Enhancement of the binding of triglyceride-rich lipoproteins to the very low density lipoprotein receptor by apolipoprotein E and lipoprotein lipase

Sadao Takahashi, Jinya Suzuki, Mitsuyuki Kohno, Koji Oida, Toshitaka Tamai, Susumu Miyabo, Tokuo Yamamoto, Tsuguhiko Nakai

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190 Citations (Scopus)


The low-density lipoprotein (LDL) receptor plays a crucial role in cholesterol metabolism. A related protein, designated the very low density lipoprotein (VLDL) receptor, that specifically binds apolipoprotein (apo) E has recently been characterized and shown to be expressed in heart, muscle and adipose tissue and the human monocyte-macrophage cell line THP-1. The VLDL receptor binds and internalizes VLDL and intermediate density lipoprotein from Watanabe heritable hyperlipidemic (WHHL) rabbits as well as β-migrating VLDL from cholesterol-fed rabbits but not LDL from WHHL rabbits. Chinese hamster ovary (CHO) cells transfected with the rabbit VLDL receptor cDNA have now been shown to bind or internalize VLDL (d < 1.006 g/ml) isolated from fasted normolipidemic human subjects with lower affinity than WHHL-VLDL or rabbit β-VLDL. However, binding and internalization were markedly enhanced when fasted human VLDL was preincubated with either recombinant human apoE (3/3) or lipoprotein lipase (LPL) in CHO cells overexpressing the rabbit or human VLDL receptor. CHO cells transfected with both the rabbit VLDL receptor cDNA and the human LPL cDNA effectively bound, internalized, and degraded fasted human VLDL without pretreatment. Treatment of heparinase reduced the effect of LPL-mediated binding at 4 °C, but the inhibitory effect was lower at 37 °C. Pseudomonas LPL also enhanced the binding of human fasted VLDL to the VLDL receptor at 37 °C in CHO cells overexpressing the human VLDL receptor. Taken together, LPL causes the enhancement of triglyceride-rich lipoproteins binding to the VLDL receptor via both the formation of bridge between lipoproteins and heparan sulfate proteoglycans and its lipolytic effect. Ligand blot analysis showed that the apparent molecular mass of the VLDL receptor is 118 kDa, which is smaller than that of the LDL receptor. These results indicate that the VLDL receptor recognizes both triglyceride-rich lipoproteins that are also relatively rich in apoE, as well as the remnants of triglyceride-rich lipoproteins after catabolism and the interaction with heparan sulfate proteoglycans by LPL. The VLDL receptor may thus function as a receptor for remnants of triglyceride- rich lipoproteins in extrahepatic tissues.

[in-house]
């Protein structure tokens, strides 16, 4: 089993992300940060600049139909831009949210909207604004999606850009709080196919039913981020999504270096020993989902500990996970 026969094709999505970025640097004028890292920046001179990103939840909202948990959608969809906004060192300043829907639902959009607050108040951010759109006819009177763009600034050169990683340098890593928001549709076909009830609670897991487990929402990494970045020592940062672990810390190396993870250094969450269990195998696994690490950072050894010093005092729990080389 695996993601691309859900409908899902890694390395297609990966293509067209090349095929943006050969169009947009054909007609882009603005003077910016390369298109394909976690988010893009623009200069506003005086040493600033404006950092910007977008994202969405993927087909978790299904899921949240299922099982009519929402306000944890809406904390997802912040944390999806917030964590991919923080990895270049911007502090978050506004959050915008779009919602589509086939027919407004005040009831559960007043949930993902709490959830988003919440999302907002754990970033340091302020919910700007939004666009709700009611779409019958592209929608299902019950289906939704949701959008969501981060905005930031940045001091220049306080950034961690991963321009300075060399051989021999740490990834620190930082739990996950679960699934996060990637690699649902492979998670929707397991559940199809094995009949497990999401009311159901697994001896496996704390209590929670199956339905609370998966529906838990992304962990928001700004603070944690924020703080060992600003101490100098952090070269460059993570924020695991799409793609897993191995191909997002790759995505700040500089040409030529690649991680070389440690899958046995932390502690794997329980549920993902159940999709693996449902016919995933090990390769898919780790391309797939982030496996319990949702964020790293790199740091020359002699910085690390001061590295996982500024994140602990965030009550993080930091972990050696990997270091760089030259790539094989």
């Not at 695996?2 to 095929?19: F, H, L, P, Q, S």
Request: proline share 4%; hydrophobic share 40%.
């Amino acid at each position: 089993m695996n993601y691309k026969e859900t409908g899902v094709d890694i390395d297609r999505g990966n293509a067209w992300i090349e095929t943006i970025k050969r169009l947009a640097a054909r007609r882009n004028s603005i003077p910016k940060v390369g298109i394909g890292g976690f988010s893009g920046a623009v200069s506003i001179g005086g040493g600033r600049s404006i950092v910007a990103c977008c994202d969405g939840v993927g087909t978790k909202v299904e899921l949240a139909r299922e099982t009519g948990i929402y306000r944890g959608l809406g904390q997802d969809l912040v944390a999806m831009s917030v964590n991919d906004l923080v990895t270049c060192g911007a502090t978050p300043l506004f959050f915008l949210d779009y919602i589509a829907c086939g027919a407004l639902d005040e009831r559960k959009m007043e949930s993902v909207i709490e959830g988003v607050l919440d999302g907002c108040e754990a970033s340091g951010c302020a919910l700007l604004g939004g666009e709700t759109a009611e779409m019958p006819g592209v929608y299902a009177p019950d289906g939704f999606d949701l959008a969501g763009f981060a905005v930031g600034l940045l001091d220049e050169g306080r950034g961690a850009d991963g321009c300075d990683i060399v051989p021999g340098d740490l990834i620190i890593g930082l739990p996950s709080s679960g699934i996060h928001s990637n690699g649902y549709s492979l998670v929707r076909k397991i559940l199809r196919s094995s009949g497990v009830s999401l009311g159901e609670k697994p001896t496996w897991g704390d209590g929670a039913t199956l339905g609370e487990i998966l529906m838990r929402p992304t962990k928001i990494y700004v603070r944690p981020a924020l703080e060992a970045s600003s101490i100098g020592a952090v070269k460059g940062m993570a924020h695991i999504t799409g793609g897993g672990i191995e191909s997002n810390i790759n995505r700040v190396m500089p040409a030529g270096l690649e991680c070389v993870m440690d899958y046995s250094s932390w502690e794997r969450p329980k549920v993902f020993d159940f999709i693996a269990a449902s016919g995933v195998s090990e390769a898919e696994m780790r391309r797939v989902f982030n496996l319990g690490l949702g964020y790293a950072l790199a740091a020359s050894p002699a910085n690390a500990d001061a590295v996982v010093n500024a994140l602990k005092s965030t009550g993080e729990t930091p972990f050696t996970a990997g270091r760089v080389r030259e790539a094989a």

Original languageEnglish
Pages (from-to)15747-15754
Number of pages8
JournalJournal of Biological Chemistry
Issue number26
Publication statusPublished - 1995 Jun 30

ASJC Scopus subject areas

  • Biochemistry
  • Molecular Biology
  • Cell Biology


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